For instance, Nigeria has two coastwise laws, the customs coastwise law and the cabotage coastwise law. Experts believe the two laws are conflicting and efforts are not being made to correct the mistakes.

“Nigeria operates a system that is not legally operate able, the system is politicised and often times no real effort has been made to correct the anomalies in the laws. As a way out, government must allow experts to run the system efficiently for the benefit of the people of Nigeria. NIMASA must urgently design a well-thought out indigenous fleet development programme, which will not involve government ownership and funding of vessel acquisition.
“If the agency wants to make any difference, it must create the necessary atmosphere that would encourage local and private investors to invest in vessel acquisition with the assistance and cooperation of the Nigerian National Petroleum Corporation (NNPC).
“Also, there is need for the government to audit the three per cent benchmark rate of the value of goods for import and export every day, which NIMASA collects from vessels calling in Nigeria to ensure accountability,” said President of the National Council of Managing Directors of Licensed Customs Agents (NCMDLCA), Lucky Amiwero.

Tax on Ship Acquisition
In an effort to grow the industry, stakeholders in the nation’s maritime sector recently called on the federal government to abolish the tax on full duty paid equipment stressing that the policy is undermining local operators and favours foreign shipping companies.
The stakeholders made the call at a group meeting themed: “Shipping Policy: A Catalyst for Maritime Growth,” put together by the Nigerian Chambers of Shipping (NCS) in Lagos.

Speaking on the challenges faced by local operators on behalf of other players, the Chief Executive Officer of Marine Platforms Limited, Mr Taofik Adegbite, said the law was made to stop colonial entities from taking their equipment out of Nigeria arguing that the law is no longer relevant to modern trend.
According to him, “Sect. 8 schedule 6 of the customs and excise act states that full duty paid equipment cannot be re-exported unless it is meant to go and do repairs. Not sounding to be too ethical, some of us have worked in Ghana, Equatorial Guinea, Togo and the Congo. You have vessels that are of course are multinational in nature, we did the right thing, the equipment are man properly so they can work anywhere, those are foreign exchange earners but you have the customs asking for tariff, which means we have to now go and do service to avoid been taxed.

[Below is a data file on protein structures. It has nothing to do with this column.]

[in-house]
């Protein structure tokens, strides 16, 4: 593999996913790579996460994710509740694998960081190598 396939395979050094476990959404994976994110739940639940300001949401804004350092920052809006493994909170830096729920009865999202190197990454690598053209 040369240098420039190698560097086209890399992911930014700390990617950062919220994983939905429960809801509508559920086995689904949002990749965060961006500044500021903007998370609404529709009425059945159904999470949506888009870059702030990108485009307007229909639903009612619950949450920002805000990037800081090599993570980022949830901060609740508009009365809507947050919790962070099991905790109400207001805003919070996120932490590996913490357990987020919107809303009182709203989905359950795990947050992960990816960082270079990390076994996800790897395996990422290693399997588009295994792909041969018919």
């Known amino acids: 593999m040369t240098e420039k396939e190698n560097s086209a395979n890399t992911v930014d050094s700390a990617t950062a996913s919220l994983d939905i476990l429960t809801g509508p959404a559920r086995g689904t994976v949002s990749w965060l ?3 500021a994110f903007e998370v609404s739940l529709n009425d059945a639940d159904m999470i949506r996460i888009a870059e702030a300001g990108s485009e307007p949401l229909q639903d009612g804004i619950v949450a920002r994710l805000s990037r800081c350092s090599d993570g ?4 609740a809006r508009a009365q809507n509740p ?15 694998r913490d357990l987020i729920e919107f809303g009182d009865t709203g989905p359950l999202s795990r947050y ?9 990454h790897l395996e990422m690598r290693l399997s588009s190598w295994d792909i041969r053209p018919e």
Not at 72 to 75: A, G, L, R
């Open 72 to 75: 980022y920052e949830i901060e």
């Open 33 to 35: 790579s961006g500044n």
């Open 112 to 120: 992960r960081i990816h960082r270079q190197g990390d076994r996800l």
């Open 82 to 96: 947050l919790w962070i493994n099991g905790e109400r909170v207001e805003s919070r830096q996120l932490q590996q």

“And I recon the drafters of the law at the time wanted to stop the colonial masters from taking their equipment out of Nigeria. However, we can see now that it is no longer relevant with modern trend. So you can see that operators and challenged, constrained and locked down by the law unless you lie or have maintenance to do to avoid been taxed. AS it is today, if anyone called us from outside Nigeria for work we cannot go because we are constrained by the law.

“How do you make it easy for the operators here, you do a win-win with them, there are instances where they have low utilization, wherein the tonnage you have for them is so big for what they want to do at the time. What you do is tell them your low periods or go seek assignment elsewhere mindful that an international oil company (IOC) like Eni has a very great opportunity in Ghana. It means Eni Milan will be looking at it is cheaper to move equipment from Nigeria than bring it from Europe.”

He stressed the need for more private sector investment in the shipping industry adding that what is happening now in most maritime countries is that national interest encapsulates the private sector essence, which is profitability.

“If we do not have that nationalist mind-set there will be absolute opportunism and in the Nigerian situation, the country will be raped blind, the rich will be so rich and the poor will be so poor. So we need to start looking at what the private sector can do. We need to start going into the various policies and looking at execution. There are enough of the strategies and policies and emphasis are not laid on execution,” he added.

He stated that the talk around a national shipping line will not work because we are not sufficiently nuanced in some of the things we talk about as a country.
“There was an issue around sufficient cargo for the national shipping line if the cabotage fund were used to develop the shipping line. If you understand the way the container cargo of the Maersk of this world works, you cannot have enough cargo to put on a ship to go out of Nigeria and break even as a business. As long that it cannot happen, the shipping line will die a natural death from start, “he said.

On his part, human rights activist and maritime lawyer, Olisa Agbakoba SAN insisted that the Nigerian maritime industry could generate N7 trillion annually because of its huge potential.

“From the discussion here you can see that the potential is so huge. Ghana is now taking over from Nigeria as the shipping hub, even in the aviation sector, because I work in both sectors, Togo is now the hub for airlines like Emirates. How is it that a country of 180 million people can’t see the potential and yet we talk about poverty? The maritime sector can turn the Nigerian economy around but is the government showing enough interest? The government has to create the enabling environment, “he said.